SINGAPORE - The Health Ministry is planning to make continual training and education mandatory for all traditional Chinese medicine (TCM) physicians - just as it is for their Western counterparts.
This means that all those who want to renew their practising certificates will have to amass a certain number of continual TCM education points to show that they are up to date with the latest developments in the field, said Senior Minister of State for Health Chee Hong Tat on Wednesday morning (Aug 2).
He was speaking at the convocation of the Nanyang Technological University (NTU)/Beijing University of Chinese Medicine biomedical sciences and TCM double degree programme.
The changes will take effect after the TCM Practitioners' Act is amended, although a grace period will be provided for TCM physicians to adapt.
Changes to the Act will most likely be made within the next 12 to 18 months, but it will be several years before they take effect.
"I urge all TCM practitioners to start preparing for this, so that you refresh your skills and knowledge and keep up to date with the latest TCM developments," Mr Chee said at the ceremony at NTU.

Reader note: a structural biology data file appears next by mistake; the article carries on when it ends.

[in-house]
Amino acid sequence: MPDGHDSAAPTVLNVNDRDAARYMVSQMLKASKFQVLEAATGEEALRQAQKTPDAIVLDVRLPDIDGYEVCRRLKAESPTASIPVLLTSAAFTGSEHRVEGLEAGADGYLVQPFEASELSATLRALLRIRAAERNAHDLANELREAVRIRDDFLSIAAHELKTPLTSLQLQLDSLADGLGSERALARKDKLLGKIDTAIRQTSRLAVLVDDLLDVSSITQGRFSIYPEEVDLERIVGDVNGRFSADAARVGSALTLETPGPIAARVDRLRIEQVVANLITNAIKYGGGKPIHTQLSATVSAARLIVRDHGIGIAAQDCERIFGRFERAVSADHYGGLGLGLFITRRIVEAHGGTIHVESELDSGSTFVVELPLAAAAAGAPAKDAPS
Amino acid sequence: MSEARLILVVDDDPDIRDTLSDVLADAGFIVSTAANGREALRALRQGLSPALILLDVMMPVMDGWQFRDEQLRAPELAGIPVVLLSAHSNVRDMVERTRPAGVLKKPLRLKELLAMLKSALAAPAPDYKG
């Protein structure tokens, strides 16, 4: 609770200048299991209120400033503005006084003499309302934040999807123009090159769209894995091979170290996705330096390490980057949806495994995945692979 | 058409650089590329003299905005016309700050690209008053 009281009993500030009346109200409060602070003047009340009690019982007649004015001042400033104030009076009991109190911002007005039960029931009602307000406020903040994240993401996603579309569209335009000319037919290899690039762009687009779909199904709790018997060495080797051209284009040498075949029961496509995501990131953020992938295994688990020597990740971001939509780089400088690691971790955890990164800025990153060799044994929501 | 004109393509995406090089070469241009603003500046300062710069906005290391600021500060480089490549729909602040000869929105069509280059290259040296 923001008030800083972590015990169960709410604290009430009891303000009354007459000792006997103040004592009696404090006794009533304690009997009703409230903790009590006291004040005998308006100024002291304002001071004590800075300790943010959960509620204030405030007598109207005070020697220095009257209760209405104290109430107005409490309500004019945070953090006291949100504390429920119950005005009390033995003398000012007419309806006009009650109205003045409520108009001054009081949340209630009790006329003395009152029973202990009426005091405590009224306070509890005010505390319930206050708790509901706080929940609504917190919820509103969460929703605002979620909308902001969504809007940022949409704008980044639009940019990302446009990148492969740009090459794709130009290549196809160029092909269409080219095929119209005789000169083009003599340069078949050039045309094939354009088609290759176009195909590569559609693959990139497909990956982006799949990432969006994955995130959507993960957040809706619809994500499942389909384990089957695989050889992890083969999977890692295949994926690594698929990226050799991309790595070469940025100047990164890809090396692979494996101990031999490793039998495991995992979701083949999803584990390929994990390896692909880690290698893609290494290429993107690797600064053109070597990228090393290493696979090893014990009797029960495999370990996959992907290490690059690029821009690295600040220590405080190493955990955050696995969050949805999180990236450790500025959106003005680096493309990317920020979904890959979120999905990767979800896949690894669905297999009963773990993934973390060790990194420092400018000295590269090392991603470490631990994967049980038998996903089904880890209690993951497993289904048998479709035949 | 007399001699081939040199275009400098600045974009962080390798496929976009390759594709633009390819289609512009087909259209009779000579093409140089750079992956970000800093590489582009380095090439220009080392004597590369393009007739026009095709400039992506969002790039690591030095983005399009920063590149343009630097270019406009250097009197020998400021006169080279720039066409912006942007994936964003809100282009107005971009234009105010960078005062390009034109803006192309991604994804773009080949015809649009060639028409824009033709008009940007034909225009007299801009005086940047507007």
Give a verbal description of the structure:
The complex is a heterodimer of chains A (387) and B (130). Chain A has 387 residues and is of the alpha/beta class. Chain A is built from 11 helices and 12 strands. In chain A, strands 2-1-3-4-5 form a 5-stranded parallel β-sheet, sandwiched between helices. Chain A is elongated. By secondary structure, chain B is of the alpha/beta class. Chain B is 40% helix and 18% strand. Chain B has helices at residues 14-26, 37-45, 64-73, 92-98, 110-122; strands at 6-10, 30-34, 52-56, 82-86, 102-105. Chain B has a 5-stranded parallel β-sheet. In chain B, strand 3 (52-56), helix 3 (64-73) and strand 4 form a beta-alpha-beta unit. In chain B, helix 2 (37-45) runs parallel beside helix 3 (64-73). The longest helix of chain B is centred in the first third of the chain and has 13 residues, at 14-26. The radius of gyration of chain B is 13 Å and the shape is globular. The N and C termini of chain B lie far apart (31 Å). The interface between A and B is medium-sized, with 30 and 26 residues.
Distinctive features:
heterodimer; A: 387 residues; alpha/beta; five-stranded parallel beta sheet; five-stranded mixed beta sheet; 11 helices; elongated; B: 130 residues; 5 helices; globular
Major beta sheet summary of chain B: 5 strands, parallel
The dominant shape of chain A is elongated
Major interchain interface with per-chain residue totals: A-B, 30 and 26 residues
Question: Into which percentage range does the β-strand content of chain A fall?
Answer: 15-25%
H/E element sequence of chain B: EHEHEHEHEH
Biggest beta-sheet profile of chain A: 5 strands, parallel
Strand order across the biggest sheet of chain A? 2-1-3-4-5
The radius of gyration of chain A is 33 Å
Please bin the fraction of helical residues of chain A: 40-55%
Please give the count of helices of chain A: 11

There are 3,115 TCM practitioners registered under the TCM Practitioners Board.
Mr Chee also announced that his ministry would be setting up a $5 million grant to develop the TCM sector.
The money will be used to help train all professionals, organise more and better courses, and help those in the industry leverage technology to provide better service.
Applications for the grant will open in January next year.
In addition, the Health Ministry will be putting in another $5 million over the next five years to encourage research in the industry.
This includes research on the benefits of traditional exercises, such as taiji, and the use of TCM herbs in disease prevention.
A $3 million grant was set aside in December 2012 for the same purpose.